Prelude to a Kiss: Through the Years
When Prelude to a Kiss first opened on Broadway, it was 1990. The Cold War was ending, the first Gulf War was just beginning, and Nelson Mandela was released from Victor Verster Prison after twenty-seven years. Twitter, Facebook, the iPod hadn’t been dreamed up, The Simpsons made its television debut, and Bette Midler’s “Wind Beneath My Wings” won the Grammy for Record of the Year. The powerful themes of Prelude to a Kiss still resonate twenty years later, but some of the details of the story might no longer be accessible to a modern audience. Playwright Craig Lucas recently updated Prelude to a Kiss and, in order to have it best reach its audience, the Huntington will be using that version.
Prelude to a Kiss was revived on Broadway in 2007. In preparation for the production, director Daniel Sullivan approached playwright Craig Lucas about making changes to the script. “It had a number of references to things that dated it to 1990,” Lucas says. “And Dan wanted to know if I felt there was anything about 1990 that was important in the narrative.” Lucas agreed to the changes, explaining, “It’s basically a little fable. It’s a fairy tale, and it wasn’t a picture of a social climate.”
Lucas says of the changes he made to his play, “They’re minor, but they do in fact move the characters into the new century.” Some of the changes are simple updates to original references. For instance, Peter is no longer the manager of the microfiche department, but rather manages the transfer of microfiche to digital. In Jamaica, Rita slathers on 60 SPF sunscreen, as opposed to the old 25 SPF.
Other changes reflect the larger changes in our cultural and political fabric. While Rita still has a history of dabbling in socialism, her opinions of the practical application of the philosophy have been strengthened by the changes she has seen Communist countries undergo. Even innocent teasing can reflect larger change. Peter no longer calls Rita “the Commie in the woodpile,” an allusion to the phrase “the nigger in the woodpile,” choosing instead to call her “the Commie in the closet,” a more contemporary phrase associated with undisclosed sexuality.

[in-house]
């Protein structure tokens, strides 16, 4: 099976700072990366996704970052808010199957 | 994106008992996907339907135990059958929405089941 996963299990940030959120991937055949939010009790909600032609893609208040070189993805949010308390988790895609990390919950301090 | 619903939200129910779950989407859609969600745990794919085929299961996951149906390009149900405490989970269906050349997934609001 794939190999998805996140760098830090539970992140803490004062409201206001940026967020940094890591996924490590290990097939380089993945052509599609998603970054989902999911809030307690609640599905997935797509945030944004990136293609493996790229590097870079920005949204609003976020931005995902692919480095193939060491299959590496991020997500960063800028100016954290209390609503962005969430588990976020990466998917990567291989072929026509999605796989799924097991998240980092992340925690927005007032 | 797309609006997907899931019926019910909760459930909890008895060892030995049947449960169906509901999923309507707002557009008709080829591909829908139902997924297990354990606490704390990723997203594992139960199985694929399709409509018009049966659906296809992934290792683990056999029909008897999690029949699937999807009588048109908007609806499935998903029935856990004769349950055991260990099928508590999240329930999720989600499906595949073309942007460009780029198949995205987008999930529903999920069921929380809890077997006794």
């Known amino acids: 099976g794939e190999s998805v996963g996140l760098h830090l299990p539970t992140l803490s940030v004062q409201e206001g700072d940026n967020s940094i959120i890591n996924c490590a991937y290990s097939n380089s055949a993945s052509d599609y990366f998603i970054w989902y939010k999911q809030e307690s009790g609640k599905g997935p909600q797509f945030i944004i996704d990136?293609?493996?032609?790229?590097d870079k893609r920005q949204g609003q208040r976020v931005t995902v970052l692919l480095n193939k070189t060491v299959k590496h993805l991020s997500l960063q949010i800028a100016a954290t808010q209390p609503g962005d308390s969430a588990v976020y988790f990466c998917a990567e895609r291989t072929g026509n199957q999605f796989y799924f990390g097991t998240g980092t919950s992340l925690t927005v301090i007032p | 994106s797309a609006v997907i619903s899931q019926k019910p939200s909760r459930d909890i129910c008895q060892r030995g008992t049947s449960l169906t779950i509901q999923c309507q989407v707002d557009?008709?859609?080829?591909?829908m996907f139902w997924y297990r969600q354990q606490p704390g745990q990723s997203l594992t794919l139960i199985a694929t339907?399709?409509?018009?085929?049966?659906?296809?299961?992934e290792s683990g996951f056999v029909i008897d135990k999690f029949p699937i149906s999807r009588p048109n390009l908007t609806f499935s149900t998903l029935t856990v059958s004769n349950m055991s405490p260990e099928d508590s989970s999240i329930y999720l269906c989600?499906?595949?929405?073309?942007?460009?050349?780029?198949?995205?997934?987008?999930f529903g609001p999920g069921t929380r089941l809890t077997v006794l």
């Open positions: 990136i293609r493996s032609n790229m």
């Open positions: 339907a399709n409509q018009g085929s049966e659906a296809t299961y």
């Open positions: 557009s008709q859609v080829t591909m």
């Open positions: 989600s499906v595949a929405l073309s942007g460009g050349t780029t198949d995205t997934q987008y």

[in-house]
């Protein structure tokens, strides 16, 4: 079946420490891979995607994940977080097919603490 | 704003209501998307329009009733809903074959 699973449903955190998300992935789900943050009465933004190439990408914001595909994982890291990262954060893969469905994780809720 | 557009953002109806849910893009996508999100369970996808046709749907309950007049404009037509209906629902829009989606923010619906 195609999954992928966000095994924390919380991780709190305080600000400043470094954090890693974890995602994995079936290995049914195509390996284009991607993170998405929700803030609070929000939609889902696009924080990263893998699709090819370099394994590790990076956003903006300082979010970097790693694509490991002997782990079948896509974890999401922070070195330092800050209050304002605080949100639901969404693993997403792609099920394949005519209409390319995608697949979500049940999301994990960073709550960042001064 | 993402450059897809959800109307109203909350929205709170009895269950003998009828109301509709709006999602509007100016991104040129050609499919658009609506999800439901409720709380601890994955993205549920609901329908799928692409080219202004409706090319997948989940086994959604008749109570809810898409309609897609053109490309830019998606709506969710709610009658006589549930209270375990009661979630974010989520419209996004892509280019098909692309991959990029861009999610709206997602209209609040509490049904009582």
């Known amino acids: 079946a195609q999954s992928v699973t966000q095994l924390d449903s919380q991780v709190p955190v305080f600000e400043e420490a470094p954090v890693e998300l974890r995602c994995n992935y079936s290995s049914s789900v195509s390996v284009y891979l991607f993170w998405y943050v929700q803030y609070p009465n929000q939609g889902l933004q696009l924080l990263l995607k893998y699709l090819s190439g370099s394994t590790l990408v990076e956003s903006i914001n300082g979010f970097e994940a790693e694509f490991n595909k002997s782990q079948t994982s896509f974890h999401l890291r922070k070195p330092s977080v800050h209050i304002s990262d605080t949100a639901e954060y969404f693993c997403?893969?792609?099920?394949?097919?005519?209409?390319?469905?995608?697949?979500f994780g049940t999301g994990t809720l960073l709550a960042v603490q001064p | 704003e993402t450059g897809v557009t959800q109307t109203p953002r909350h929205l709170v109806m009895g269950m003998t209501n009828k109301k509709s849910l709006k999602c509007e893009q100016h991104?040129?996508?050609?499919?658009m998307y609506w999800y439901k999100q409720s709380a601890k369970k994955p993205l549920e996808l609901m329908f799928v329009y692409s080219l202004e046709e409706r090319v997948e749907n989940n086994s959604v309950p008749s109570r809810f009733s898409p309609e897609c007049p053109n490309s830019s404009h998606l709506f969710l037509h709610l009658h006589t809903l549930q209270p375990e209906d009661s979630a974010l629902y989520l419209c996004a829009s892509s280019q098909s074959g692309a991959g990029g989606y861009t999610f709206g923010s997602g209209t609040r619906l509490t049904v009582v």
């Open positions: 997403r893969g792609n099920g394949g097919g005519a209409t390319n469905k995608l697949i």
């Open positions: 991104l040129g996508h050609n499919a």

A few structural changes have been made as well. The events preceding Rita and Peter’s wedding have been slightly rearranged to allow us a more intimate view into their relationship and provide foreshadowing of the impending transformation. A brief scene has been added towards the end of the play, a glimpse of “Rita” after Peter confronts her about her identity, helping us to understand how the Old Man finds resolution.
While we no longer pay twenty-five cents to mail a letter (does anyone even still write letters?), we still love, we still wonder if we know those we love, and we still lose those we love. Craig Lucas made changes to Prelude to a Kiss, but these changes are true to his original intent and help us experience and understand the story on a more personal level.
— Anne G. Morgan